If you're looking for stocks that offer big yields, the utilities and telecommunications sectors make good starting points. Growth in these segments has tended to be slow but steady in recent decades, and that's meant that many companies have relied on dividends as a way to entice and satisfy investors.
Not every utility or telecom player with a dividend yield north of 5%, low earnings multiples, and a seemingly stable business will go on to be a great income play, but PPL Electric (NYSE: PPL) and AT&T (NYSE: T) are candidates that fit that profile and stand out as being worth buying at today's prices. Here's why.
Image source: Getty Images.
|Yield||Years of Uninterrupted Payout Growth||Payout Growth Over the Last 10 Years||Earnings Payout Ratio|
Data sources: PPL, Yahoo! Finance, Dividend.com. Earnings payout ratio based on results over the trailing 12-month period and forward annualized payout. Table by author.
This one's close to home. I grew up near Allentown, Pa., where PPL is based, so I have some firsthand experience with its business. I'm a short drive away from its headquarters building as I write this -- and currently a customer of its electric services.
PPL Corp., which used to be known as Pennsylvania Power and Light, will celebrate its 100th year in operation in 2020. It's also paid a dividend each quarter since 1946. The company now does roughly a quarter of its business in Pennsylvania, another quarter in Kentucky, and half from operations in the U.K. After taking a closer look at the power company's stock, there's a solid business at a reasonable valuation to go along with its big dividend yield.
Shares trade at roughly 13 times this year's expected earnings on the heels of the company's recently reported first-quarter results, which delivered sales and earnings that came in a bit below the market's expectations due to weaker performance in its Pennsylvania and Kentucky segments. However, the company's business still looks very solid, and the stock is a worthwhile candidate for income-seeking investors.
The company's regulated electric businesses operate with the benefit of having regional monopolies. This advantage comes with the trade-off of being more exposed to shifts in government policy, but it's a dynamic that should continue to serve well-run utilities providers in economically healthy areas fairly well. And while much of its business is pretty boring (in the desirable, utilities-company sort of way), PPL is making some relatively aggressive pushes in potential growth areas like electric-vehicle charging infrastructure. It could also see significant tailwinds from the U.K. government's push to move away the country from gas heating.
PPL expects to grow its earnings at an average compound annual rate of 5.5% at the midpoint of its target over the next couple of years even as it undertakes significant infrastructure projects across its geographic segments. Taken in conjunction with the company's big yield, sturdy outlook, and potentially underappreciated growth potential, PPL is a stock that's worth adding to an income-focused portfolio.
PPL's headquarters in Allentown, Pa. Image source: PPL.
|Yield||Years of Uninterrupted Payout Growth||Payout Growth Over the Last Five Years||Earnings Payout Ratio|
Data sources: AT&T, Yahoo! Finance, Dividend.com. Earnings payout ratio based on results over the trailing 12-month period and forward annualized payout. Table by author.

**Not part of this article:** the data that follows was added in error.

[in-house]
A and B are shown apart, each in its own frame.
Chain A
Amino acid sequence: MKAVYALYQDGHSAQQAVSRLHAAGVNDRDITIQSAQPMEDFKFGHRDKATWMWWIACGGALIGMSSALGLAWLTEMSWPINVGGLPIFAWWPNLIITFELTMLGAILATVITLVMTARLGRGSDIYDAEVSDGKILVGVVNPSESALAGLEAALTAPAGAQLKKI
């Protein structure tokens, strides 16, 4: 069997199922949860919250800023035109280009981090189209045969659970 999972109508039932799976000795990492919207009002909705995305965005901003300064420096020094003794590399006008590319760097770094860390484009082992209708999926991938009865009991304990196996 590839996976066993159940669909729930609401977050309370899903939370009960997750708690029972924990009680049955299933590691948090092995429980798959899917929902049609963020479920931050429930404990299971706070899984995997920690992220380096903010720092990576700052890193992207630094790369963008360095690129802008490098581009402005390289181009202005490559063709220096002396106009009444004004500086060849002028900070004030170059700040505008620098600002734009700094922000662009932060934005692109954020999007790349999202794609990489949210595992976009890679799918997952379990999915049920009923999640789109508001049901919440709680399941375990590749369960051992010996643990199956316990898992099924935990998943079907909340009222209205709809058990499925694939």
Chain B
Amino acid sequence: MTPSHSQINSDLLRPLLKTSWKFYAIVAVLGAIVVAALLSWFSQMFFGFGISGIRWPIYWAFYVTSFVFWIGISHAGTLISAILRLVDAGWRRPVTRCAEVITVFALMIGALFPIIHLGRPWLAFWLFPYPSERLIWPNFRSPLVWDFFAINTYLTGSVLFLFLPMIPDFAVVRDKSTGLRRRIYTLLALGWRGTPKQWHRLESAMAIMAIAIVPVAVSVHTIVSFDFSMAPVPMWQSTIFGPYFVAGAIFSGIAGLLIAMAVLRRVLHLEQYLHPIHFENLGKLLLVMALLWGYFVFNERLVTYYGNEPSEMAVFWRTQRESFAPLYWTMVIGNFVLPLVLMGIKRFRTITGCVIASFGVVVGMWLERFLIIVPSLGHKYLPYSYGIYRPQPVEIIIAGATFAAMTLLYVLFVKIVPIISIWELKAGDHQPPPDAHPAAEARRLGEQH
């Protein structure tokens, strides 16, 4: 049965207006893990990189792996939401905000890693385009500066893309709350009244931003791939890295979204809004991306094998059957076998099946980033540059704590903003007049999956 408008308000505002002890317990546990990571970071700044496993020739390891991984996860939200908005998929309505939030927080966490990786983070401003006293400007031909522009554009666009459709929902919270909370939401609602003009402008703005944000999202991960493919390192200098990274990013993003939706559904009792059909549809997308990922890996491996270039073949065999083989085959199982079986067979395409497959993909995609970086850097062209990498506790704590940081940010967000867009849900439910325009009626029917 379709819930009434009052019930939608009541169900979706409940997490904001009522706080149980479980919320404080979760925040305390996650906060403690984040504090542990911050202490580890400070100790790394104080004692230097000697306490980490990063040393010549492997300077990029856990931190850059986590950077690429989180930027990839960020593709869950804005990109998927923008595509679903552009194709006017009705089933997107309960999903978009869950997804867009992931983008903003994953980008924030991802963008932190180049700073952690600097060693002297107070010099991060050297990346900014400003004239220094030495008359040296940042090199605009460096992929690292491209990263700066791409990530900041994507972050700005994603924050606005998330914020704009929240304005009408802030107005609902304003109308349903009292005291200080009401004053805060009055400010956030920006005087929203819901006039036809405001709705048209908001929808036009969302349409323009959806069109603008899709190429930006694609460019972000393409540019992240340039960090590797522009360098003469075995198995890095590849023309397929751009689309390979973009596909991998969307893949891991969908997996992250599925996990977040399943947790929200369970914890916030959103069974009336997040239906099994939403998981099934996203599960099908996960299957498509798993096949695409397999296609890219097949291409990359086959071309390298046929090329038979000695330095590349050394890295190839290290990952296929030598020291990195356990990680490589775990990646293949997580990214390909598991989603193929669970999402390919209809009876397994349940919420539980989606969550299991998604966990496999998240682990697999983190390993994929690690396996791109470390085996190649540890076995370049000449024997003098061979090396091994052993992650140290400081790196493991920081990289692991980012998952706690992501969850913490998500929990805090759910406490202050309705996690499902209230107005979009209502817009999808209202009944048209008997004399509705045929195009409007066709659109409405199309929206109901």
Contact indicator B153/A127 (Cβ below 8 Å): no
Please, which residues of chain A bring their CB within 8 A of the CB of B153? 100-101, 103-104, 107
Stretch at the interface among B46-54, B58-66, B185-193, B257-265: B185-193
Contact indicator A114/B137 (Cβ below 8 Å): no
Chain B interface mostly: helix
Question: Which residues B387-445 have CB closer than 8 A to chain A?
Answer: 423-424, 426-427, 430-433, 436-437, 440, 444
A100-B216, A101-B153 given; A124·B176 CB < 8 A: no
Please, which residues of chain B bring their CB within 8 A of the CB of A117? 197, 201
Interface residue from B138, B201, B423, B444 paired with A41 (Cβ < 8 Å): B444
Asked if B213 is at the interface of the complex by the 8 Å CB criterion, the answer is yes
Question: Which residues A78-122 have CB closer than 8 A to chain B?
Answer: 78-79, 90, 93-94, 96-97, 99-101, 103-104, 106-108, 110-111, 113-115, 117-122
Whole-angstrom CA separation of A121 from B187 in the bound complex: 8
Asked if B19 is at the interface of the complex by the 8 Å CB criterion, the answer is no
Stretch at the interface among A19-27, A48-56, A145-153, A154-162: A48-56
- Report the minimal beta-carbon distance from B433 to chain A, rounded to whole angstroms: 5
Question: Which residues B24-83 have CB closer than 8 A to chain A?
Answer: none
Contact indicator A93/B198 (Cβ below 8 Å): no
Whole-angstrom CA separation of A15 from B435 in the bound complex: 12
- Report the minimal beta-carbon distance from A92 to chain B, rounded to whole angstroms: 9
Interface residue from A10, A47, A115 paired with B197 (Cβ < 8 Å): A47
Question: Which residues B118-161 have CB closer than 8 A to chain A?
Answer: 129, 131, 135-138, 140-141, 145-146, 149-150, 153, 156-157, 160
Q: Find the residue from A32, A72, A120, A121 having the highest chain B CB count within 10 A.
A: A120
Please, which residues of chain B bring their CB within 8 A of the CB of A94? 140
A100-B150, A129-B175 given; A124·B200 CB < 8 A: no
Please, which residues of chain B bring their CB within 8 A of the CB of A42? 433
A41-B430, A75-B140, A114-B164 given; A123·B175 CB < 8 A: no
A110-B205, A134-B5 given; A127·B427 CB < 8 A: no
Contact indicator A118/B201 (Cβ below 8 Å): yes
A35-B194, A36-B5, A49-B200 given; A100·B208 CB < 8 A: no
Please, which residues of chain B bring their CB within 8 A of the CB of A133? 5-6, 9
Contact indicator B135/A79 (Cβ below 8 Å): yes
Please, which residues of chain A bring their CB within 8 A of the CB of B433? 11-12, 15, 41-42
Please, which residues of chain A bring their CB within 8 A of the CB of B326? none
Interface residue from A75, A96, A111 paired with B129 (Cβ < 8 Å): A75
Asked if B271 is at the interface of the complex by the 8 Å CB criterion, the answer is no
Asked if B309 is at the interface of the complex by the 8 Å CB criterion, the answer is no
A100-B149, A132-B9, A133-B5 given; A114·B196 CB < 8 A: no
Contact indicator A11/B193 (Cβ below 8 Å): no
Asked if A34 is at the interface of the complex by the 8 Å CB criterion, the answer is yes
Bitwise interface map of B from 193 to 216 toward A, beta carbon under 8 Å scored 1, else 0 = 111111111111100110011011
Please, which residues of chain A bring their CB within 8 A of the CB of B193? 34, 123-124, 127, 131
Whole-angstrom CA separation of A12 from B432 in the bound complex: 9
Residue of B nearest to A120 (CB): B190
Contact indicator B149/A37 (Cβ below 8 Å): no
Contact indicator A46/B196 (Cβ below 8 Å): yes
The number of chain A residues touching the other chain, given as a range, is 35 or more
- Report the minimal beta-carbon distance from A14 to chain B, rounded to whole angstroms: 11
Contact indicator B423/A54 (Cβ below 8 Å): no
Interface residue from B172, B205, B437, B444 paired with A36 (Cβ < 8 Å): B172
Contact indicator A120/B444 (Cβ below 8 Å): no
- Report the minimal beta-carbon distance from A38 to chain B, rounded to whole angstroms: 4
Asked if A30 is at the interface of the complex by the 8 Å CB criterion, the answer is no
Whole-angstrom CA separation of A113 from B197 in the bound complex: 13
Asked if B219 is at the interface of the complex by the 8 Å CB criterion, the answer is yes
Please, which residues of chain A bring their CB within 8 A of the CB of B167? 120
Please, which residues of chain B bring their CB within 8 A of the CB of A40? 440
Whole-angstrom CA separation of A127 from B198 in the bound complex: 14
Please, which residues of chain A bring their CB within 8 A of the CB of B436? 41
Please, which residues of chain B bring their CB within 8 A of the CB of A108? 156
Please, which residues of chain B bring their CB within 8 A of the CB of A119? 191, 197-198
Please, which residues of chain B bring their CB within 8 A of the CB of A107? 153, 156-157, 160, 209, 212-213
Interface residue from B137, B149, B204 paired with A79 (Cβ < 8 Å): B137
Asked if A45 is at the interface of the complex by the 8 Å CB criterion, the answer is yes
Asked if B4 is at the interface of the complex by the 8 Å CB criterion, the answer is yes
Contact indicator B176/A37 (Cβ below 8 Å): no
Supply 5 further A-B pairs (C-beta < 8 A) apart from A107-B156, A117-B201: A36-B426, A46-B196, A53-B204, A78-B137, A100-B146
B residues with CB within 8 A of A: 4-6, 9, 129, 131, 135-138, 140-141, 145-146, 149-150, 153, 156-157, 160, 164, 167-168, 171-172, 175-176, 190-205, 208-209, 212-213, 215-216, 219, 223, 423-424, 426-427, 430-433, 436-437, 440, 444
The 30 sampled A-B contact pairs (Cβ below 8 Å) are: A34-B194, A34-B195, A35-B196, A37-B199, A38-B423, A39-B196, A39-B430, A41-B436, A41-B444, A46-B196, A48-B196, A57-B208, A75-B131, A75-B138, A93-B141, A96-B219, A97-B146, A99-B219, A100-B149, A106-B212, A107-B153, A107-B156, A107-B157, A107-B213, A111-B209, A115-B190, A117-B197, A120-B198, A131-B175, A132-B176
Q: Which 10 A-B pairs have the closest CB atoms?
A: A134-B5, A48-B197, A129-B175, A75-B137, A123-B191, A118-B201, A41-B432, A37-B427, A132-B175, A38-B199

AT&T shares are conservatively valued, trading at just nine times this year's expected earnings, and they continue to offer one of the best dividend profiles in the telecommunications sector. The company's huge yield, forward price-to-earnings multiple of just 8.5, and avenues to surpassing business expectations make it a strong, foundation-level candidate for both retirement-focused income investing and more diversified portfolios.
Sales and earnings growth has been sluggish, and the company's DirecTV segment will likely continue to weigh on performance amid ongoing cord-cutting pressures. The company's $100 billion acquisition of Time Warner was made in order to accelerate its transition to better compete in the new media landscape, and big subscriber losses for DirecTV highlight why AT&T saw the need to make such a bold purchase. Investors should probably count on some less-than-thrilling earnings performance in the near term, but patient investors could see great results if AT&T finds a reasonable degree of success with its pivot.
AT&T has a collection of compelling assets in the entertainment and content distribution spaces, and it has opportunities and time left to figure out how to get these assets to work together with its strengths in mobile and television services. The sooner that happens, the better -- but there's a great dividend yield to provide some insulation in the meantime and other avenues to long-term growth.
The mobile wireless space continues to look pretty strong for AT&T. While Verizon, Sprint, and T-Mobile present formidable competition, there's a good chance the latter two companies will merge at some point. It's already very difficult for new carriers to enter the market and establish significant scale, so a merger could actually help cut down on competitive pricing pressures in the market over the long term.
AT&T should be able to maintain a strong position in mobile services while also taking advantage of opportunities to provide services and platforms for a range of Internet of Things (IoT) technologies. The IoT revolution has been slower to take off than many early targets anticipated, but AT&T is already seeing momentum in categories like wearables and connected cars.
With its fantastic dividend profile, low earnings multiples, and initiatives that could help the company return to more lively growth, AT&T should be on the short list for investors looking for great dividend stocks.
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